Puerto Rico is not a region synonymous with FX trading, nor with regulatory matters. Although not part of the federal union of the United States, it does come under US Federal Law and is classified as an unincorporated territory of the United States, therefore making any misconduct with regard to FX committed within the country very much the business of the US Commodity Futures Trading Commission (CFTC).
Today, the CFTC has announced that it obtained a federal court consent order requiring defendants Angel F. Collazo, formerly of Salinas, Puerto Rico, and his companies, ACJ Capital, Inc. (ACJ) and Solid View Capital LLC (Solid View), both of San Juan, Puerto Rico, jointly and severally to pay $843,444 in restitution and to pay a $750,000 civil monetary penalty for fraudulently soliciting customers to participate in an off-exchange leveraged foreign currency (forex) pool, misappropriating pool participant funds, and issuing false statements to conceal trading losses and misappropriation.
The CFTC also obtained a second federal court consent order, requiring defendants Fernando Clemente, of Weston, Florida, and his company, Felgi Investments Corp. (Felgi) of Caguas, Puerto Rico, to pay $30,000 in restitution, to disgorge $120,933 in pool participant funds to which they were not legitimately entitled, and to pay a $120,000 civil monetary penalty.
The Orders also impose permanent trading and registration bans against all defendants and prohibit them from violating the anti-fraud provisions of the Commodity Exchange Act, as charged.
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The orders, entered by Judge Jose A. Fuste of the U.S. District Court for the District of Puerto Rico on February 13, 2013 and June 10, 2013, respectively, stem from a CFTC complaint originally filed in February of 2012 (see CFTC Press Release 6180-12, February 15, 2012). In July 2012, the CFTC complaint was amended to include defendants Clemente and Felgi. Clemente and Felgi were also named as relief defendants for receiving funds from ACJ, Solid View, and Collazo to which they were not legitimately entitled.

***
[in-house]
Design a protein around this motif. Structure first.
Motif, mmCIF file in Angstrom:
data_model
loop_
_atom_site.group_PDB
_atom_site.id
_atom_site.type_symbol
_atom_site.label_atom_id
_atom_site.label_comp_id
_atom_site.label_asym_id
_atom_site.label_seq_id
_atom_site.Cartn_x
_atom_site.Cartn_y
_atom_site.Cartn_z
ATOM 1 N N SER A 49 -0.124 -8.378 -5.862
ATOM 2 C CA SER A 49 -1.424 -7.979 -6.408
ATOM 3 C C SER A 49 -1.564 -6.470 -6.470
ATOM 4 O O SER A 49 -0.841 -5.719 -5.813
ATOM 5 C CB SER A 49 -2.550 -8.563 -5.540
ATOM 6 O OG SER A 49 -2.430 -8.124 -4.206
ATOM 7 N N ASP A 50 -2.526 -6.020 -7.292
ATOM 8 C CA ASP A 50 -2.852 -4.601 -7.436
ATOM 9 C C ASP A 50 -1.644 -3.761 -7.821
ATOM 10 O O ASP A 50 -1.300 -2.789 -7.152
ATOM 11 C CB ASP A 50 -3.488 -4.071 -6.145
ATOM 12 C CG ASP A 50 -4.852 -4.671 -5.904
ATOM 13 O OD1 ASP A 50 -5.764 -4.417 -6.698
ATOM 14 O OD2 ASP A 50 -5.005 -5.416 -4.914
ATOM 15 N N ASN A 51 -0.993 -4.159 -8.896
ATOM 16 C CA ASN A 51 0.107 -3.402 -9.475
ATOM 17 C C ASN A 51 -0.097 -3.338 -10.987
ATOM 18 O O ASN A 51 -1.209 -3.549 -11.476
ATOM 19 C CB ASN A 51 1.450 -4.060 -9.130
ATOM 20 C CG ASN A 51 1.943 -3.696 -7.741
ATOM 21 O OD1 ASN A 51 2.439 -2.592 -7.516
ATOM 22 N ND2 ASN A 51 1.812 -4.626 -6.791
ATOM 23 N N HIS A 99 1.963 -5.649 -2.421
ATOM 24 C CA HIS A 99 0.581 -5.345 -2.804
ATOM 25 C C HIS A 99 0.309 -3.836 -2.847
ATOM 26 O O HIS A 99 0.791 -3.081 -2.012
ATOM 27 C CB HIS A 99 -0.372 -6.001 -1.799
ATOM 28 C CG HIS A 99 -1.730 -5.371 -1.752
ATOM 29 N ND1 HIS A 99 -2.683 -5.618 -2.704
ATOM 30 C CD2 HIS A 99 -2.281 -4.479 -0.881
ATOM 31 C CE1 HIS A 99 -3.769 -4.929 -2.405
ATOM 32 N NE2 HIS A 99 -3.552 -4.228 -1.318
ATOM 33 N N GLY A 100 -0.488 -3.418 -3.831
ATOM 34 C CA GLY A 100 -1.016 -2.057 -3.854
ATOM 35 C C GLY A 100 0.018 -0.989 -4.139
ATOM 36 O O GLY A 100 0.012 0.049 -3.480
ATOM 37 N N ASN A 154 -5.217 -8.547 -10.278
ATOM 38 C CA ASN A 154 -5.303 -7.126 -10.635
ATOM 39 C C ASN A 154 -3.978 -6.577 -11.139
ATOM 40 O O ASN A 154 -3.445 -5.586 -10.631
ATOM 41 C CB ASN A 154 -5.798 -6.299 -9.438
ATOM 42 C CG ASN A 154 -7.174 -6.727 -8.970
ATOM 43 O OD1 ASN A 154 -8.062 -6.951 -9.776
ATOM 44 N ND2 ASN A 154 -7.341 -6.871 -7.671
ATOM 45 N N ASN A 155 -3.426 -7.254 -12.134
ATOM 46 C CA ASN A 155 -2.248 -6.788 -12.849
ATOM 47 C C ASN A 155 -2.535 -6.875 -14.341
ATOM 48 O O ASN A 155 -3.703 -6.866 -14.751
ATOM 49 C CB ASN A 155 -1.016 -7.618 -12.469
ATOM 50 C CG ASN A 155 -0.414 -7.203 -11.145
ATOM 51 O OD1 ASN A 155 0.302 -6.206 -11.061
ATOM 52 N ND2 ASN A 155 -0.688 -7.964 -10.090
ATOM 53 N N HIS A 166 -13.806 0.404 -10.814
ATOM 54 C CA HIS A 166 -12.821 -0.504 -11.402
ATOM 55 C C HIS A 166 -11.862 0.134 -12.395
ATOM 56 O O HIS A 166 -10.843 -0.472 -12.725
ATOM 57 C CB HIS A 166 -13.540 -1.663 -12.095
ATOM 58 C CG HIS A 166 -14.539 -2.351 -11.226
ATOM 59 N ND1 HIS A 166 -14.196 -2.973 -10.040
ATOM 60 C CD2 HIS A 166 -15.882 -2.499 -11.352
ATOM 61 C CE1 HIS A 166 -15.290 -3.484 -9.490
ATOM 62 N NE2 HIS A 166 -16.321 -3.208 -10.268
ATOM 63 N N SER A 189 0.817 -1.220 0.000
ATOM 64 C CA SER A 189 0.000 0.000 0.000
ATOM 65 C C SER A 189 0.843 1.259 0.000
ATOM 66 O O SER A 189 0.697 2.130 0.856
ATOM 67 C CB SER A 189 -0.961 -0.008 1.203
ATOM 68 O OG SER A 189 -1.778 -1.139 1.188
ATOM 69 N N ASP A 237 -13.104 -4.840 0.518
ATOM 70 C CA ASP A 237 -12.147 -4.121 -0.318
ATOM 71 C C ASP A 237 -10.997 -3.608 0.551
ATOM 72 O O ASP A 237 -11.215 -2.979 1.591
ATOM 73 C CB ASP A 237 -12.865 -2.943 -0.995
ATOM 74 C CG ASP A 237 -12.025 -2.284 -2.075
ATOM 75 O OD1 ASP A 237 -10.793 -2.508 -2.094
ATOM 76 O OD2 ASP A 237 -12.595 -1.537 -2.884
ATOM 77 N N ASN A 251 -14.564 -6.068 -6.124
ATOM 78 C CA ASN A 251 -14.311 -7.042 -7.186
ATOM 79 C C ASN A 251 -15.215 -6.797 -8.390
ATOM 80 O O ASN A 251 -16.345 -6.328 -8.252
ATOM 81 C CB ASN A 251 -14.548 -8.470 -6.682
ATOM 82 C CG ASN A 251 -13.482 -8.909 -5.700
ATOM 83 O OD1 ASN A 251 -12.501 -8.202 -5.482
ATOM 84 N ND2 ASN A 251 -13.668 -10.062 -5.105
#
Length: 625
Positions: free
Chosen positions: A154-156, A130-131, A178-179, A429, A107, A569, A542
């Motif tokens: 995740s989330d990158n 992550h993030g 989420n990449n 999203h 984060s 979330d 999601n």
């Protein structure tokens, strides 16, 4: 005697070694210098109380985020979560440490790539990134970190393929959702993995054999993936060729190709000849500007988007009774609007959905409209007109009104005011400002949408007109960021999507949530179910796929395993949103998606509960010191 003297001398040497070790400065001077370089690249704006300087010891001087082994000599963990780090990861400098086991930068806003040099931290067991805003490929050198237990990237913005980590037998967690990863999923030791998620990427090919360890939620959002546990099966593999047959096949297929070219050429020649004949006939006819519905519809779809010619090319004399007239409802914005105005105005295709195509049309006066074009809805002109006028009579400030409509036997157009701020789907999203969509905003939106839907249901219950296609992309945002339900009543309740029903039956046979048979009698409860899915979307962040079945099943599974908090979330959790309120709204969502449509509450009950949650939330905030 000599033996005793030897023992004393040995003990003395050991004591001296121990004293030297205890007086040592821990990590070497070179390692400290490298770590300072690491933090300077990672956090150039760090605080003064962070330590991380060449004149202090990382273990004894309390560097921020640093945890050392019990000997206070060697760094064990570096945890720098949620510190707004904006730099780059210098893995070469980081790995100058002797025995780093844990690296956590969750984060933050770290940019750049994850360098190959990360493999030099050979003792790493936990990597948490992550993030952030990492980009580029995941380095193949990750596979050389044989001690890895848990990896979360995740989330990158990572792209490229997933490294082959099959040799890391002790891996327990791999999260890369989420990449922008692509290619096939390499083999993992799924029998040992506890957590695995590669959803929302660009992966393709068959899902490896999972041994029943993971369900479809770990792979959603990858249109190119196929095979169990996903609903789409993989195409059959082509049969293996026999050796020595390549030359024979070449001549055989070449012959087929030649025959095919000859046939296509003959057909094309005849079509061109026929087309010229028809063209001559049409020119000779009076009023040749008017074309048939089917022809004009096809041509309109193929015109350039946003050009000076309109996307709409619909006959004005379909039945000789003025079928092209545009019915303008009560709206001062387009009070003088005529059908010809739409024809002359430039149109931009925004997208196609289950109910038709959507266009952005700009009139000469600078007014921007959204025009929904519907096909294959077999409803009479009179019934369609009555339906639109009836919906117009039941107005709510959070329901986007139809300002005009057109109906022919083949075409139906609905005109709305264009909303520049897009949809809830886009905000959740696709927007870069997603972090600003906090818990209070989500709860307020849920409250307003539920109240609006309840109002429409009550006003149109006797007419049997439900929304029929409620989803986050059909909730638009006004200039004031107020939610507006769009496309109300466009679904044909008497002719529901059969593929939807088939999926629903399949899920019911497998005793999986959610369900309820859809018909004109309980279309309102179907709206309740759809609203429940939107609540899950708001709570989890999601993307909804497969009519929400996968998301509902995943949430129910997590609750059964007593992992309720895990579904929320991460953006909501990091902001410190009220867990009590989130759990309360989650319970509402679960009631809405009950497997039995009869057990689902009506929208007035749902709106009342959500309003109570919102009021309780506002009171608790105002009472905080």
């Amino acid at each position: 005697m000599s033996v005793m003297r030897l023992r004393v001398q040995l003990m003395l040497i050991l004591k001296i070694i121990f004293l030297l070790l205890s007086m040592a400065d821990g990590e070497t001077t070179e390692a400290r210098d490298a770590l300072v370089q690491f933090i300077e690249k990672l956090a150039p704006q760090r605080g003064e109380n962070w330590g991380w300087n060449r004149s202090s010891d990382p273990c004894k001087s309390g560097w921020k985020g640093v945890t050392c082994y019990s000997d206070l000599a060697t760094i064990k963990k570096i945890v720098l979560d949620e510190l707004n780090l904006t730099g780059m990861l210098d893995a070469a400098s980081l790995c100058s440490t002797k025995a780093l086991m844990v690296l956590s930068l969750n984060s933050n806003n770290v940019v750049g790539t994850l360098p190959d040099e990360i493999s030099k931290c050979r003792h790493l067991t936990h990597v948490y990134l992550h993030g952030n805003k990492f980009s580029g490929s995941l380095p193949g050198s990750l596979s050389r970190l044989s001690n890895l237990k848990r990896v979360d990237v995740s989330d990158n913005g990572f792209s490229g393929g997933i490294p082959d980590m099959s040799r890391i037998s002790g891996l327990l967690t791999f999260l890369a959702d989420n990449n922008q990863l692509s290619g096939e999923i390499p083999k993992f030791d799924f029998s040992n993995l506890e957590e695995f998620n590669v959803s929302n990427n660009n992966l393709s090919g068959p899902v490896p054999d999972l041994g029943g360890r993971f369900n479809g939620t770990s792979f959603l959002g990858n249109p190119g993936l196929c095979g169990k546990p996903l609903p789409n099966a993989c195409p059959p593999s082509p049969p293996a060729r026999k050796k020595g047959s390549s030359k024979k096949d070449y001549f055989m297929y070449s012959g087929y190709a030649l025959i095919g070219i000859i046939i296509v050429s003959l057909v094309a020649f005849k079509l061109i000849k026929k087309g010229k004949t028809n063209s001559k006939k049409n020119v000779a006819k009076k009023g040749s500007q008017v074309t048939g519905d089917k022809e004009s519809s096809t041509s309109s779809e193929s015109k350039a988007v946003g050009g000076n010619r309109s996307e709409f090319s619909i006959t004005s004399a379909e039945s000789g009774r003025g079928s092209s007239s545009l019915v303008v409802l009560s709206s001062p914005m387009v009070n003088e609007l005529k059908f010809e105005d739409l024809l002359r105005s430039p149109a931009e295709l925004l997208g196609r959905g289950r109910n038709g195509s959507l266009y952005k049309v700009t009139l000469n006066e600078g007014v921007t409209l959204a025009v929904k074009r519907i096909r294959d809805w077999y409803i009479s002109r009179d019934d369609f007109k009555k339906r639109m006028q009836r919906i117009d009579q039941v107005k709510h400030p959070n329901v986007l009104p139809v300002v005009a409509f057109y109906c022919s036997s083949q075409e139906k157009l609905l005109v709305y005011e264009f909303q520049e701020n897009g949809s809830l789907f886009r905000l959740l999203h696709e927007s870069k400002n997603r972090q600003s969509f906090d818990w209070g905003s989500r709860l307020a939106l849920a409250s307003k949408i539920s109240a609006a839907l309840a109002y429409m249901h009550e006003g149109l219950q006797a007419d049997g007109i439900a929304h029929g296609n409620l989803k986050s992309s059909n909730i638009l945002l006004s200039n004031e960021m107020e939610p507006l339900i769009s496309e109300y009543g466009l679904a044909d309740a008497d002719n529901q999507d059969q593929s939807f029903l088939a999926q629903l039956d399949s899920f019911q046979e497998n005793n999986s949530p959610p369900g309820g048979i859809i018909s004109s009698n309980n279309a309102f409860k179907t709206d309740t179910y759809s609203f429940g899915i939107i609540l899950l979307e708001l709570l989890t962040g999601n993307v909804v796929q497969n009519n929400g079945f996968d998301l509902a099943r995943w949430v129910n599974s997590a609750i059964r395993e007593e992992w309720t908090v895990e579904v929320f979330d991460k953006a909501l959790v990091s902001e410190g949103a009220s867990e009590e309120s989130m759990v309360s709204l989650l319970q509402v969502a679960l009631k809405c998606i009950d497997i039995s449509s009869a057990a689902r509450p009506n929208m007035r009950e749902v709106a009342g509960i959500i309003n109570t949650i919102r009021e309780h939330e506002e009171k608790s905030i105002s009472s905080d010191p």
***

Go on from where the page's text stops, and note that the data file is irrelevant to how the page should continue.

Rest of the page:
The February 13, 2013 Order finds that Collazo and his companies fraudulently solicited commodity pool participants by falsely claiming profitable returns, while minimizing and failing to fully disclose the risks of trading leveraged forex. The Order also finds that Collazo, ACJ, and Solid View misappropriated pool funds to make payments to pool participants and for personal uses, failed to disclose their intended uses of pool participant funds, misrepresented the profitability of pool trading accounts, and distributed statements to ACJ and Solid View pool participants that contained false account values, including showing consistent trading profits.
The June 10, 2013 Order finds that Mssrs. Clemente and Felgi, misappropriated $30,000 in customer funds that were to have been provided by Felgi to Solid View for personal uses and failed to disclose their intended uses of pool participant funds. The Order also finds that Clemente and Felgi retained $120,933 in purported trading profits to which they were not entitled.
The CFTC appreciates the assistance of the U.S. Attorney’s Office of the District of Puerto Rico in this matter.
CFTC Division of Enforcement staff members responsible for this case are Kara Mucha, James A. Garcia, Michael Solinsky, Gretchen L. Lowe, and Vincent A. McGonagle.